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The Irish Coast Guard service today issued an important warning to the public about high winds, gales and flooded areas. This warning comes following a weather warning and a strong gale warning issued by Met Eireann today. Southwest winds veering westerly will strengthen during this afternoon with stormy conditions becoming widespread.
Speaking today, Chris Reynolds Director of the Coast Guard said: "The public is strongly advised not to go out on exposed coasts, cliffs, piers, harbour walls, beaches, promenades or any other coastal areas. The principal dangers from this weather system will be due to gusts of 100 to 140 km/hr expected with the most severe in exposed parts of Ulster and Connacht. Showers will be heavy and thundery at times merging to give longer spells of rain in the north. Highest temperatures 9 to 11 degrees. Huge waves can be whipped up by high seas. These waves can pose hazards to anyone close to the shoreline. In coastal waters, rough seas are often the cause for capsizing fishing vessels. Some of these accidents can take place so quickly that there is no time for the crew to send out distress signals."
He continued: "Do not attempt to cross at fast running river or flood water fords as they may be stronger and deeper than you think. Flooded urban areas may contain many hazards, not least of which include submerged open manholes and downed power lines. The combination of tides, forecasted gale warnings for the next day or so, high sea conditions and swollen rivers may result in very dangerous conditions. Remember to monitor weather broadcasts when travelling and heed the advice of the RSA on road use during severe weather and high winds ."
Specific advice from the Coast Guard today is:
· Stay away from the shoreline and do not engage in water sports;
· Owners of small vessels and fishing vessels in coastal waters should seek shelterand secure them properly with moorings;
· Ships in the open sea should take heeds of weather forecasts and warnings and avoid the sea area with the most treacherous conditions.
Mr. Reynolds ended by saying: "If you do see someone in difficulty in the sea, on the shore, cliffs, lakes or rivers dial 999 or 112 and ask for the Coast Guard. "
The Irish Coast Guard (IRCG) (Garda Cósta na hÉireann) is part of the Department of Transport.
All the latest Irish Coast Guard news is here.
The Irish Search and Rescue Region, which includes most of the Republic of Ireland and parts of Northern Ireland, is the area over which the coast guard has authority. This area is bounded by the UK Search and Rescue Region.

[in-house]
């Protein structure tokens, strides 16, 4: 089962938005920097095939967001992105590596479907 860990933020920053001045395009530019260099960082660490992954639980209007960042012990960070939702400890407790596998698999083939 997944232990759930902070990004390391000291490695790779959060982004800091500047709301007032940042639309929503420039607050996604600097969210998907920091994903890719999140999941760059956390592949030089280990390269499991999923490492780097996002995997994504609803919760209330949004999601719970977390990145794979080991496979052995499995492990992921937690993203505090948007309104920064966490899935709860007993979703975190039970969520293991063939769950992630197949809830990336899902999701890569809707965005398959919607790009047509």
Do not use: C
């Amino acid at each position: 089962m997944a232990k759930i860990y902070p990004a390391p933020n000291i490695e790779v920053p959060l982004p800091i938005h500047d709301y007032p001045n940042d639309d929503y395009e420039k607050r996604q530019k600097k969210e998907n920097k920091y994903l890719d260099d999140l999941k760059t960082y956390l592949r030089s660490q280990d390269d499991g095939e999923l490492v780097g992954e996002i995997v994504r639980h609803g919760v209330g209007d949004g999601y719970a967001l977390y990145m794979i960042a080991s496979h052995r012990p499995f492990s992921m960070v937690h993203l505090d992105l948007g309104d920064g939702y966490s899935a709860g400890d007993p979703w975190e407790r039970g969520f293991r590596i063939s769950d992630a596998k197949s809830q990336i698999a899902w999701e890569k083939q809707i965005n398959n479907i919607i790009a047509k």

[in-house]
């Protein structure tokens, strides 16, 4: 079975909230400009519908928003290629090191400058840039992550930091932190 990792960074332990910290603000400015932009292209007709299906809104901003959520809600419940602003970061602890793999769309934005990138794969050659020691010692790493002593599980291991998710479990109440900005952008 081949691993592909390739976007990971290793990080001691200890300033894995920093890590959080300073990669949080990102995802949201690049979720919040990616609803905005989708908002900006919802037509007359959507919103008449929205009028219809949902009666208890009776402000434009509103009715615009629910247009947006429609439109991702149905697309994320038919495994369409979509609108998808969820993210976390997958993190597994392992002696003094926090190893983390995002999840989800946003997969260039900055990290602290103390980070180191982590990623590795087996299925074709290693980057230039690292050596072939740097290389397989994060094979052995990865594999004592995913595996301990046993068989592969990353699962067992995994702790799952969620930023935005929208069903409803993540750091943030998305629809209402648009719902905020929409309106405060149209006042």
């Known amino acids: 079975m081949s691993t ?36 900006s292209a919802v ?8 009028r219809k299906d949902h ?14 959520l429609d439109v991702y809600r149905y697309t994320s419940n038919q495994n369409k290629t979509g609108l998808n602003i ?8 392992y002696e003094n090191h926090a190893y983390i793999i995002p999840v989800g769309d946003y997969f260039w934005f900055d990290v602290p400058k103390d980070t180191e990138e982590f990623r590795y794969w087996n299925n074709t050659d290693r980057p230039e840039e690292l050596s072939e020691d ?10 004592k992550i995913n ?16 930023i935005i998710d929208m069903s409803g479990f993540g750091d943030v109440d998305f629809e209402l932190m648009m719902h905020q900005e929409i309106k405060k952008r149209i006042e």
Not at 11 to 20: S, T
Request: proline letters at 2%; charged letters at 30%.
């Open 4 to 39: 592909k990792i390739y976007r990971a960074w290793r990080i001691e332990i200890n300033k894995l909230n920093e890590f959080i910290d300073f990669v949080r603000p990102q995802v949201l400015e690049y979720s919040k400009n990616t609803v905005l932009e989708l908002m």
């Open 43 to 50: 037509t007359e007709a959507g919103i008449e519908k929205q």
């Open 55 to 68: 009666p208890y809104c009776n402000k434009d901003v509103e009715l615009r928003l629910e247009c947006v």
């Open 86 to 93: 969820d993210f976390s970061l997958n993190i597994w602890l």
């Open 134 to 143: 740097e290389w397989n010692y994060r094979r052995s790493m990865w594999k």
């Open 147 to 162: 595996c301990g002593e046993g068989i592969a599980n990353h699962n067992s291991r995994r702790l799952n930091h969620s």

The Coast Guard is responsible for:
– Search and Rescue
– Marine communications network
– Marine safety awareness
– Mountain and Cave Rescue
Pollution and Salvage response in the marine environment (the Marine Rescue Co-ordination Centre [MRCC] in Dublin coordinates all pollution and salvage control in the Irish Exclusive Economic Zone [EEZ]).
Note that not all Irish Coast Guards have enforcement powers – only some officers under warrant.
The Coast Guard (Garda Cósta) does not form part of the Irish Defence Forces, rather it operates as an agency of the Department of Transport under the Maritime Safety Directorate. The Maritime Safety Directorate comprises two main sections, the Maritime Safety and Marine Environment Division (MSED) and the Marine Survey Office (MSO). The Marine Survey Office also includes the Marine Radio Affairs Unit (MRAU). The Mercantile Marine Office (MMO) also works under the Directorate.
- The Maritime Safety and Marine Environment Division is responsible for maritime safety, security policy and legislation (including leisure safety), aids to navigation and corporate governance of the Commissioners of Irish Lights and marine environment protection issues.
- The Marine Survey Office deals with the inspection, survey, certification and licensing of vessels and vessels radio equipment; the examination and certification of seafarers competencies; enforcement of standards by way of audits on organisation and facilities and prosecutions for breaches of regulations.
While in some jurisdictions they are the responsibility of the Coast Guard, in Ireland, fisheries patrols are carried out by the Navy and drug smuggling patrols by Customs, the Gardaí and the Navy. However, all the above government services can at any time request assistance from each other when needed.
(The above information and image courtesy of Irish Coast Guard)
Irish Coast Guard, MRCC Dublin, Coast Guard Headquarters, Department of Transport, Leeson Lane, Dublin 2. Tel: 01 678 2303, Fax: 01 678 3459